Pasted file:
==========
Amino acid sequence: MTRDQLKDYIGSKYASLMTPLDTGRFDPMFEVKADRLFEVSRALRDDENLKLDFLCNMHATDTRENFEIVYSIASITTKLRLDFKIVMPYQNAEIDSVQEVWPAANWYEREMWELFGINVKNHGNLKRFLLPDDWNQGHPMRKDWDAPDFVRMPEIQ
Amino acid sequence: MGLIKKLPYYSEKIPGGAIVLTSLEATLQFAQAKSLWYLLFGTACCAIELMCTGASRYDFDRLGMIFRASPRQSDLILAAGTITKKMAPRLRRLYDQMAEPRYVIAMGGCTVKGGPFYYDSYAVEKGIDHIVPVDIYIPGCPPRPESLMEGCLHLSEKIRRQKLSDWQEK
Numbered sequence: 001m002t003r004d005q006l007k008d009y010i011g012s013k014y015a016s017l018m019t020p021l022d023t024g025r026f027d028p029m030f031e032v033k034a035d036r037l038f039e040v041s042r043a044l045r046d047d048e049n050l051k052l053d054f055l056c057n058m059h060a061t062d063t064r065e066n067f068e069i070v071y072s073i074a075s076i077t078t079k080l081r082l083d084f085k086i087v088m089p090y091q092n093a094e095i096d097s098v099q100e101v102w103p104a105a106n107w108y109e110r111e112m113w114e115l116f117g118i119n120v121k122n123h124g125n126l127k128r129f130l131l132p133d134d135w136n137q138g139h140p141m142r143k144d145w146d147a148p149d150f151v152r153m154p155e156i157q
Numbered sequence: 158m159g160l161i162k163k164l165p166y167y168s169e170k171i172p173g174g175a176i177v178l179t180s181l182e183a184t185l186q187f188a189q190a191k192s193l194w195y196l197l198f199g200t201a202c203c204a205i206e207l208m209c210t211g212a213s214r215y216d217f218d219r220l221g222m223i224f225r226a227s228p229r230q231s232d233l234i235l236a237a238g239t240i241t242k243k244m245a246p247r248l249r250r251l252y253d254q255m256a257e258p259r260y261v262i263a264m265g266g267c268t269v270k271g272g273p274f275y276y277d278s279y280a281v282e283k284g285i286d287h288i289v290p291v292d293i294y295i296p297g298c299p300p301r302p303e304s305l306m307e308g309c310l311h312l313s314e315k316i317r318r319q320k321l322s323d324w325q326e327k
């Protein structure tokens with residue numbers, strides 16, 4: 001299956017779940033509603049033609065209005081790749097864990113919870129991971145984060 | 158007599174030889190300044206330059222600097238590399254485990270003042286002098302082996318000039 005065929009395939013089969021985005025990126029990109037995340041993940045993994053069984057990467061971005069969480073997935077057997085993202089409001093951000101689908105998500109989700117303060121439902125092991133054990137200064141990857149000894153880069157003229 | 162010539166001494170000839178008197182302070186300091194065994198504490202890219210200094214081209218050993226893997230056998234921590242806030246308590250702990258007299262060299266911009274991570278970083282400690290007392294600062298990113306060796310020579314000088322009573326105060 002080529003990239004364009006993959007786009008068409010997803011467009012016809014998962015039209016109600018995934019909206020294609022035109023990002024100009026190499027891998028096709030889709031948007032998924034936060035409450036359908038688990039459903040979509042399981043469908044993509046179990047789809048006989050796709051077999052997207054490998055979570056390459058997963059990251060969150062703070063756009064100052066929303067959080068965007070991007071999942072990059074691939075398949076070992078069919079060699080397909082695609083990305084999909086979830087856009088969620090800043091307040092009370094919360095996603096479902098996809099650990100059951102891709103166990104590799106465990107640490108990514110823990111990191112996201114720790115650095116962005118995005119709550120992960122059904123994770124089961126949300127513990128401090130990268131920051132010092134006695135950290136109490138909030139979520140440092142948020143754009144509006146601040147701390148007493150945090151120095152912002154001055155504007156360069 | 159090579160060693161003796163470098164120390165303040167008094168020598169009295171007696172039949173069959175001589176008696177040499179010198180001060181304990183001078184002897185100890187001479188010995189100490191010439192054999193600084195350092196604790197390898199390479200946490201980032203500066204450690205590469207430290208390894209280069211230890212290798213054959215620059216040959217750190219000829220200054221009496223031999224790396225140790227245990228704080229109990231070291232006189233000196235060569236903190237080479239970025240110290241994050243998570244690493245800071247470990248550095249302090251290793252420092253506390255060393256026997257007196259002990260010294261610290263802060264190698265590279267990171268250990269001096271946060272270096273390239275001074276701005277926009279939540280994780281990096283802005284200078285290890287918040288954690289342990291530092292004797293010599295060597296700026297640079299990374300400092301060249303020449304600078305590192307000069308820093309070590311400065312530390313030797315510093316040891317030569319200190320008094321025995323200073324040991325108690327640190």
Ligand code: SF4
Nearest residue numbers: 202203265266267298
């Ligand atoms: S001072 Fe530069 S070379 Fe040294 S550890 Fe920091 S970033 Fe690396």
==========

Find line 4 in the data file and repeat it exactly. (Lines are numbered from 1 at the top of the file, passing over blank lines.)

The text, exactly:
Numbered sequence: 158m159g160l161i162k163k164l165p166y167y168s169e170k171i172p173g174g175a176i177v178l179t180s181l182e183a184t185l186q187f188a189q190a191k192s193l194w195y196l197l198f199g200t201a202c203c204a205i206e207l208m209c210t211g212a213s214r215y216d217f218d219r220l221g222m223i224f225r226a227s228p229r230q231s232d233l234i235l236a237a238g239t240i241t242k243k244m245a246p247r248l249r250r251l252y253d254q255m256a257e258p259r260y261v262i263a264m265g266g267c268t269v270k271g272g273p274f275y276y277d278s279y280a281v282e283k284g285i286d287h288i289v290p291v292d293i294y295i296p297g298c299p300p301r302p303e304s305l306m307e308g309c310l311h312l313s314e315k316i317r318r319q320k321l322s323d324w325q326e327k